I agree with other parents' reviews on Amazon: these are not cheap (list price is $50, but the Amazon price is $35), but you definitely get quality for the price. I find that most kids' costumes are unbelievably flimsy, made to last through one Halloween and that's it. These are different.  They're made of good quality but lightweight fabric, every seam double-stitched. Another problem I have with most costumes is that they seem to be made for, ahem, "fluffy" kids. On the advice of the Amazon reviewers I bought the 4-6-year-old size for Sanaya (she turned 3 in April) and the 6-8-year-old size for Anahita (who will turn 6 in August). There's plenty of extra length in the ones I bought -- at least 4 inches for each kid, maybe more --  but they have a broad elastic band at the wrists, Velcro closures at the ankles, and, most importantly, a one-inch-wide black elastic belt with a strong closure that cinches any extra fabric up at the waist, gathering extra length and making the whole thing fit very well on both my very skinny five-year-old and my more fluffy toddler, while allowing lots of room for growth.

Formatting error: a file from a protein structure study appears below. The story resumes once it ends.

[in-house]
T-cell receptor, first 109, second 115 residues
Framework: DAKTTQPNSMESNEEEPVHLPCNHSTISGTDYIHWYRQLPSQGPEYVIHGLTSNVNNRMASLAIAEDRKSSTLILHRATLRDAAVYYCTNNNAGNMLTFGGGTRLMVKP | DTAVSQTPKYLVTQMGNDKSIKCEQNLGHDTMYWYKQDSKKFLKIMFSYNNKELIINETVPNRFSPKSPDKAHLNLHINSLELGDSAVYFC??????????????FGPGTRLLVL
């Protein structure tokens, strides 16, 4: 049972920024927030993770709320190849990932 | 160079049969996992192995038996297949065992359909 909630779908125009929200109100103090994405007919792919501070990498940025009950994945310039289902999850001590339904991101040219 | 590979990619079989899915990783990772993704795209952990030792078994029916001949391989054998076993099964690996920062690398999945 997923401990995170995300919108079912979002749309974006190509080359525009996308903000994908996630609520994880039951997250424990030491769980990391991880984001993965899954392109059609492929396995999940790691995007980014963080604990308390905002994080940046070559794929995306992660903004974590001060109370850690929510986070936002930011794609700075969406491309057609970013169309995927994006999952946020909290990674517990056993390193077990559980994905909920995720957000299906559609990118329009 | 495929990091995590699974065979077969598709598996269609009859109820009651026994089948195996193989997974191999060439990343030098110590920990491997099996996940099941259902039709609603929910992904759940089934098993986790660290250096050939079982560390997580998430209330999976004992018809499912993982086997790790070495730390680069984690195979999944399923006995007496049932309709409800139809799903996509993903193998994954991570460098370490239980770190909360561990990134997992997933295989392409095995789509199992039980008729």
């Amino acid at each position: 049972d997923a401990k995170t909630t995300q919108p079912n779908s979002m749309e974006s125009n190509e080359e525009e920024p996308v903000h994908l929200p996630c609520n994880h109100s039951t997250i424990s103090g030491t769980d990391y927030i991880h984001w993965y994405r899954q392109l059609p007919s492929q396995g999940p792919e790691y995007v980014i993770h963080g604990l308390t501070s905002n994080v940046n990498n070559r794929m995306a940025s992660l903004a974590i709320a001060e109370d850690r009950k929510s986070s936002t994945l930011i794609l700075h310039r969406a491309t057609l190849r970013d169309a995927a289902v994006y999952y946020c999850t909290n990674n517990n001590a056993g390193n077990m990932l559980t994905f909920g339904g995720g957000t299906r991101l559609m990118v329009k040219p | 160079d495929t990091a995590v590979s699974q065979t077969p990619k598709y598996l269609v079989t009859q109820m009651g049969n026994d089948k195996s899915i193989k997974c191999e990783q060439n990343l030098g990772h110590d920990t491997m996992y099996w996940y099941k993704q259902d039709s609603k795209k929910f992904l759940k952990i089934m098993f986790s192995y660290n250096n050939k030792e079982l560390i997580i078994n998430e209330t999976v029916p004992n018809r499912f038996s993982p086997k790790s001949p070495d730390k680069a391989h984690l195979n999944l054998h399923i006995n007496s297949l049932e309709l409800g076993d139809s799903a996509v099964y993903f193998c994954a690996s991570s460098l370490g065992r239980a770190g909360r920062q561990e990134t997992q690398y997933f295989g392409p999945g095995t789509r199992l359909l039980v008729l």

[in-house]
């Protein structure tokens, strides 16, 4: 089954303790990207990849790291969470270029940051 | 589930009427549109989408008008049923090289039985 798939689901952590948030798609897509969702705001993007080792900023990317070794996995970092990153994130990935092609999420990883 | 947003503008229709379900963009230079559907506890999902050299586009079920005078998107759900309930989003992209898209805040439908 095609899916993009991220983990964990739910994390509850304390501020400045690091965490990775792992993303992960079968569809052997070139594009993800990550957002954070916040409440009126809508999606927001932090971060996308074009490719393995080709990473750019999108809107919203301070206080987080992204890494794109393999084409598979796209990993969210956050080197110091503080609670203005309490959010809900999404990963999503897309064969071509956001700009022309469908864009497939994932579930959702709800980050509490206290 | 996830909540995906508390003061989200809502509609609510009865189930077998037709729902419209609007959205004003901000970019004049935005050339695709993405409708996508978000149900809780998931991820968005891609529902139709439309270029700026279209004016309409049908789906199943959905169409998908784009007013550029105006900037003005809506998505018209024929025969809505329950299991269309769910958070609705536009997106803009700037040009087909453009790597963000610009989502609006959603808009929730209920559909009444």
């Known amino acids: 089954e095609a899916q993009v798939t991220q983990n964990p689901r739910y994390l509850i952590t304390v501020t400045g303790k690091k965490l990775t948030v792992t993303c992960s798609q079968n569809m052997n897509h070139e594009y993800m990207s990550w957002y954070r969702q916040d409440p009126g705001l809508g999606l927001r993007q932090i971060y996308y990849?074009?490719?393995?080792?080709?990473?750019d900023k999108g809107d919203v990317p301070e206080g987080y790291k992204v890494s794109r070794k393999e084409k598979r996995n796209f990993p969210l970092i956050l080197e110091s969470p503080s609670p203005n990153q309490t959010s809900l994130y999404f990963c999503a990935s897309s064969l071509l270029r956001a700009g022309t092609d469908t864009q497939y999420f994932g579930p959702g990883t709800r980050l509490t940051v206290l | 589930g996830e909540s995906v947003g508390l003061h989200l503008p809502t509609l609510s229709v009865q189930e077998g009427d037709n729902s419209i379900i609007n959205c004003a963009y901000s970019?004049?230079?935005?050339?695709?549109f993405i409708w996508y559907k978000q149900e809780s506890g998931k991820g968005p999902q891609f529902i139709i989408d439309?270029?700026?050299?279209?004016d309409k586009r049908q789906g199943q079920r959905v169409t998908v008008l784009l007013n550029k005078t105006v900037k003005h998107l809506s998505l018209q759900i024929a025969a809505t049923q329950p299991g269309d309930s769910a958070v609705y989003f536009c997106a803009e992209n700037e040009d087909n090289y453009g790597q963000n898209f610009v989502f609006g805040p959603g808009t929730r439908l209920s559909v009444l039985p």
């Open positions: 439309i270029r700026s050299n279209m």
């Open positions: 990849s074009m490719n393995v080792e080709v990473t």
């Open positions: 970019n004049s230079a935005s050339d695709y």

No sooner had they put on the suits than they decided to go outside. We have a very small backyard, too small for the jungle gym with treehouse and slide and swings that I really wanted to get for the kids. So I was very happy last Christmas when Santa brought the girls this airplane teeter-totter, which is fun to climb and play on and also can easily be moved around the yard by one person in order to keep the lawn tidy. Of course, the instant I saw my girls walk out there in their flight suits, the airplane metamorphosed in my mind into a T-38. Anahita had to perform her preflight checkout (that is, she had to wipe off the water left overnight by the sprinklers):


And then there followed a one-hour period in which the girls had to "pack" for their flight, loading the belly of their rocket ship with cargo. Finally, though I got them to pose for a photo in the plane: